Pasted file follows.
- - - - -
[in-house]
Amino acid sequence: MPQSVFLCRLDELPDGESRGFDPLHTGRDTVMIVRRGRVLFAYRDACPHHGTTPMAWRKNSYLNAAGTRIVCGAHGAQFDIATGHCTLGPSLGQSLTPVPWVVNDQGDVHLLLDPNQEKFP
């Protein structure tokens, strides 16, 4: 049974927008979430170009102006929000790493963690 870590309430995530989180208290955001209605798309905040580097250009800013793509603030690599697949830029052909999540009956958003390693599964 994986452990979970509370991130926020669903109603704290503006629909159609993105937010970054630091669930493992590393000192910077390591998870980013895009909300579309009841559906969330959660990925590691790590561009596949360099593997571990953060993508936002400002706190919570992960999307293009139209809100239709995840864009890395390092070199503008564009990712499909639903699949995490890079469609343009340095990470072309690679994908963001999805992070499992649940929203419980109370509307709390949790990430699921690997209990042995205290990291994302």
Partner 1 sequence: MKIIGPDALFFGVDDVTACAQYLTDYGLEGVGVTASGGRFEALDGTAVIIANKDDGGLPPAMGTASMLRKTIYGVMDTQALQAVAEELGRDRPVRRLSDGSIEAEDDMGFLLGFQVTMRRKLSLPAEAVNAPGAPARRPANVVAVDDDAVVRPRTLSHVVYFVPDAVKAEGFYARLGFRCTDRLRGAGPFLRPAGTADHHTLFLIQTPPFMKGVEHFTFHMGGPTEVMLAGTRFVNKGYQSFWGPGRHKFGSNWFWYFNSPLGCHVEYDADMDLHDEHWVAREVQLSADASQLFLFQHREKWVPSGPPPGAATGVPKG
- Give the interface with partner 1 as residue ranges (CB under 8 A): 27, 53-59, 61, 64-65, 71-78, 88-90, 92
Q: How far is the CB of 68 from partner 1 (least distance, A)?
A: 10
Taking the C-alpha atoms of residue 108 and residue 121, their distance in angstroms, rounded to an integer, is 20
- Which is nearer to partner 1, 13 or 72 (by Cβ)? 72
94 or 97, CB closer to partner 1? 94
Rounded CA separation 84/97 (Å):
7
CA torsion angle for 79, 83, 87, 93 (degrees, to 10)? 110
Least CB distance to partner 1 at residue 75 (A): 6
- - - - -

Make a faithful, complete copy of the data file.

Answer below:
[in-house]
Amino acid sequence: MPQSVFLCRLDELPDGESRGFDPLHTGRDTVMIVRRGRVLFAYRDACPHHGTTPMAWRKNSYLNAAGTRIVCGAHGAQFDIATGHCTLGPSLGQSLTPVPWVVNDQGDVHLLLDPNQEKFP
């Protein structure tokens, strides 16, 4: 049974927008979430170009102006929000790493963690 870590309430995530989180208290955001209605798309905040580097250009800013793509603030690599697949830029052909999540009956958003390693599964 994986452990979970509370991130926020669903109603704290503006629909159609993105937010970054630091669930493992590393000192910077390591998870980013895009909300579309009841559906969330959660990925590691790590561009596949360099593997571990953060993508936002400002706190919570992960999307293009139209809100239709995840864009890395390092070199503008564009990712499909639903699949995490890079469609343009340095990470072309690679994908963001999805992070499992649940929203419980109370509307709390949790990430699921690997209990042995205290990291994302």
Partner 1 sequence: MKIIGPDALFFGVDDVTACAQYLTDYGLEGVGVTASGGRFEALDGTAVIIANKDDGGLPPAMGTASMLRKTIYGVMDTQALQAVAEELGRDRPVRRLSDGSIEAEDDMGFLLGFQVTMRRKLSLPAEAVNAPGAPARRPANVVAVDDDAVVRPRTLSHVVYFVPDAVKAEGFYARLGFRCTDRLRGAGPFLRPAGTADHHTLFLIQTPPFMKGVEHFTFHMGGPTEVMLAGTRFVNKGYQSFWGPGRHKFGSNWFWYFNSPLGCHVEYDADMDLHDEHWVAREVQLSADASQLFLFQHREKWVPSGPPPGAATGVPKG
- Give the interface with partner 1 as residue ranges (CB under 8 A): 27, 53-59, 61, 64-65, 71-78, 88-90, 92
Q: How far is the CB of 68 from partner 1 (least distance, A)?
A: 10
Taking the C-alpha atoms of residue 108 and residue 121, their distance in angstroms, rounded to an integer, is 20
- Which is nearer to partner 1, 13 or 72 (by Cβ)? 72
94 or 97, CB closer to partner 1? 94
Rounded CA separation 84/97 (Å):
7
CA torsion angle for 79, 83, 87, 93 (degrees, to 10)? 110
Least CB distance to partner 1 at residue 75 (A): 6